- My family members are on their own spiritual journeys, just like me. If I want them to have grace and understanding with my shit, I have to have grace with theirs. If I want them to have patience and understanding as I navigate this stretch of life in my 50s, which I’ve never experienced before, then I have to let them navigate their 20s and 30s, which they’ve never experienced, with that same patience and understanding.
- If I believe God is faithful and can be trusted, and I believe He is, then I can entrust others to God while I choose to let go of my personal expectations of them.
Today’s chapter, Psalm 127, is a song that the liner notes ascribe to Solomon, the son of King David. It is another one of the songs that ancient Hebrew pilgrims sang on their trek to Jerusalem. It is both a celebration of family and a reminder that all of life’s blessings and securities are gifts from God, not the In the quiet this morning, I’m making a little mental inventory of the family stories embedded in the Great Story:
- Lot was incestuous with his daughters.
- Abraham slept with his concubine at his wife’s insistence and the consequences are still being felt today.
- Jacob (and his mother) deceived his father and stole his brother’s birthright.
- Joseph was beaten and sold into slavery by his own brothers.
- David committed adultery and refused to deal with the incestuous rape his own son committed against his half-sister.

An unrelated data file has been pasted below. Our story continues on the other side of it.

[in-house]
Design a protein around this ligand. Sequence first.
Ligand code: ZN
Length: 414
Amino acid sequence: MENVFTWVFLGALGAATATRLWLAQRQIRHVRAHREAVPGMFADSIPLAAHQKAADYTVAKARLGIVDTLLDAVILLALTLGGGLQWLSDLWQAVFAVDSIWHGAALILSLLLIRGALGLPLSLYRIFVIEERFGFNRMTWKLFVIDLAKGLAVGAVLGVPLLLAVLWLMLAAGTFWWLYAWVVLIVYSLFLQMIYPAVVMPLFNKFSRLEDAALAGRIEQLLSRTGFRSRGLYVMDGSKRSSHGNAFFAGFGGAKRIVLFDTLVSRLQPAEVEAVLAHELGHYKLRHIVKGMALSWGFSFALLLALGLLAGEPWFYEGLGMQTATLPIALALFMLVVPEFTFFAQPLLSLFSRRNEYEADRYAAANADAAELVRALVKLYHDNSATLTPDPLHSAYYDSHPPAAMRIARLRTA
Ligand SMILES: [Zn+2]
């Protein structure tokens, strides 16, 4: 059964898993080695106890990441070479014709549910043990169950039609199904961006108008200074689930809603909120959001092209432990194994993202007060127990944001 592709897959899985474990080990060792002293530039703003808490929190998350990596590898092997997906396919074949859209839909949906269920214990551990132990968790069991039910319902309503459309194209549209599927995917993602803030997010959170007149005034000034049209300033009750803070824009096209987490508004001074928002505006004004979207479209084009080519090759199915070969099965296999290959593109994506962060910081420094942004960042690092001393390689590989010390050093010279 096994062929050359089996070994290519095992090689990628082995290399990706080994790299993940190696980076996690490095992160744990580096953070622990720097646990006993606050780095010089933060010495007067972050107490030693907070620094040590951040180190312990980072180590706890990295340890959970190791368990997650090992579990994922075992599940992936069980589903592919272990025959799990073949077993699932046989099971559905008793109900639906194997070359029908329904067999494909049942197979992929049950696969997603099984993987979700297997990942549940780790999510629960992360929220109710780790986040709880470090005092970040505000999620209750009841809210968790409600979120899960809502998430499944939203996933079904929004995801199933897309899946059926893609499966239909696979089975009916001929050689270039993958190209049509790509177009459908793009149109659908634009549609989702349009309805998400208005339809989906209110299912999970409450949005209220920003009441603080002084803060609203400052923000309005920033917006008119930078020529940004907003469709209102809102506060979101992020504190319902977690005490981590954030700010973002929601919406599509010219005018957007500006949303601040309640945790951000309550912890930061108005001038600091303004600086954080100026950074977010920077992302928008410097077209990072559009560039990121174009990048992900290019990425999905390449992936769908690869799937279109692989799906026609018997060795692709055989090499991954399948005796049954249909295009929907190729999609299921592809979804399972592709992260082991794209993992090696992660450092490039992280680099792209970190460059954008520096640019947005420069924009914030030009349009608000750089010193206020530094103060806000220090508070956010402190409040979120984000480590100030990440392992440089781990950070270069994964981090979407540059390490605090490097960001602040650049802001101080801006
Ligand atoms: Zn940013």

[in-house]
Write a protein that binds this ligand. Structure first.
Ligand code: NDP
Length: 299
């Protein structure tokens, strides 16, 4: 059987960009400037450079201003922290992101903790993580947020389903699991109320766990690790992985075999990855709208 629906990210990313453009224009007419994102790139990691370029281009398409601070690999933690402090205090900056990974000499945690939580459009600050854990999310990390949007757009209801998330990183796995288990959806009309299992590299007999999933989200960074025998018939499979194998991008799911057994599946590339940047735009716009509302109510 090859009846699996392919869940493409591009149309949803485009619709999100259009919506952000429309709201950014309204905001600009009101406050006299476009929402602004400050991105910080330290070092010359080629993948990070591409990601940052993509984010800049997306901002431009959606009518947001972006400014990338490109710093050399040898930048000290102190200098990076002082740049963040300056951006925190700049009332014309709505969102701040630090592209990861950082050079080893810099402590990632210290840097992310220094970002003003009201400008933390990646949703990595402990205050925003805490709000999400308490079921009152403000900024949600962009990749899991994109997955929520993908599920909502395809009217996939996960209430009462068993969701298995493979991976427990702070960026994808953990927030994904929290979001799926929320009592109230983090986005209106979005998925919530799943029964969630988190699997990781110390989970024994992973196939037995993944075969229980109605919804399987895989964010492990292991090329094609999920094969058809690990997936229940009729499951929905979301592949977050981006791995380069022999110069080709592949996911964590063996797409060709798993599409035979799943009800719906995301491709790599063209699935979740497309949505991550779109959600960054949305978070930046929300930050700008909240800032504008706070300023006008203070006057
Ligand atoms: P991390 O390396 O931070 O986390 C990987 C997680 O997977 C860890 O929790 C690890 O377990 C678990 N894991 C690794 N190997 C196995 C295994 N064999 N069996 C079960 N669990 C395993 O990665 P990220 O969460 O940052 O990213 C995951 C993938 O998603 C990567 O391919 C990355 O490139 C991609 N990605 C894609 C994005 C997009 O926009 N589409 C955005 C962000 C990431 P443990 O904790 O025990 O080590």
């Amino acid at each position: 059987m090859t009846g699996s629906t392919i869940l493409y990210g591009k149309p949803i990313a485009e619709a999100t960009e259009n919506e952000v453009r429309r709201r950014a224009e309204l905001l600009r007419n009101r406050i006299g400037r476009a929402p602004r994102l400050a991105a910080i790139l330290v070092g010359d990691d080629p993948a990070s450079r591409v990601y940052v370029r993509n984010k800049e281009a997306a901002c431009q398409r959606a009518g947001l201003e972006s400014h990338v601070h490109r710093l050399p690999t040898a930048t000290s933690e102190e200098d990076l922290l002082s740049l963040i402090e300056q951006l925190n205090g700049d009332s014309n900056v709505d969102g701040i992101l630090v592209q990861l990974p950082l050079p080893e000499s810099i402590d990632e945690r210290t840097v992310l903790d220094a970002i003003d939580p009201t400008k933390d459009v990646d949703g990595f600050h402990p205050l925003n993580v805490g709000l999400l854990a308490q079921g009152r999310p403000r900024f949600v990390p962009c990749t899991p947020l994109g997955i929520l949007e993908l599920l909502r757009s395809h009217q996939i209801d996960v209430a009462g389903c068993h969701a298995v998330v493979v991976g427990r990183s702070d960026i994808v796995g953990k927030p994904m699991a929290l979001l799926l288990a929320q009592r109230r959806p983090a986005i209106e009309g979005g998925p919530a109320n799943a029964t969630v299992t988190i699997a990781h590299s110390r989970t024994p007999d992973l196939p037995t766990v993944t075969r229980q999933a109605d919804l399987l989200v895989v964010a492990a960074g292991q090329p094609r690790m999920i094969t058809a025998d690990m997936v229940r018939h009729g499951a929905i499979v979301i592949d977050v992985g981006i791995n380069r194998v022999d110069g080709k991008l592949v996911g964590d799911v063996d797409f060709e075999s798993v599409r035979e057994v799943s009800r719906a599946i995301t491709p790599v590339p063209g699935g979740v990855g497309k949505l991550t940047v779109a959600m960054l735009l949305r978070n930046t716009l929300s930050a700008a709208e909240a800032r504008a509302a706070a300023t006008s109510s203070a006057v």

- David’s son, Solomon, was the offspring of his scandalous, adulterous, conspiratorial marriage to Bathsheba and murder of her husband.
And its Solomon who the wrote the lyrics of today’s Psalm. For me, reading the lyrics of today’s chapter knowing the unvarnished truth of Solomon’s family story strips away the notion of simple spiritual formulas with it comes to family.
Family is messy. It just is.
There are many spiritual principles that influence the outcomes I generally experience on this life journey, both positively and negatively. But it’s not always a simple equation. I can build a home and family, but it still won’t cure the mess. Solomon knew that as well as anyone. He reminds me this morning that life’s blessings and securities are gifts, not rewards.
2 thoughts on “Gift, not Reward”
Don’t you see that children are God’s best gift?
the fruit of the womb his generous legacy?
Our house was full this weekend. Our God-daughter visited from Atlanta and our son was back home, both to celebrate my youngest’s final show choir performance and her senior solo. We had meaningful conversations about race, gender, college, relationships and more. We shared meals together and worship on Sunday. We had the realization that all is about to change. Our house will be empty. My wife and I will be able to focus on us again and our shared and differing interests. It’s an exciting thing to think about, yet we are sad that the buzz and energy of the kids will be a memory. I pray that we have been stewards with the children God placed in our possession for a little while. They are turning out to be amazing people.
Indeed, they are Kevin. Well done, dad!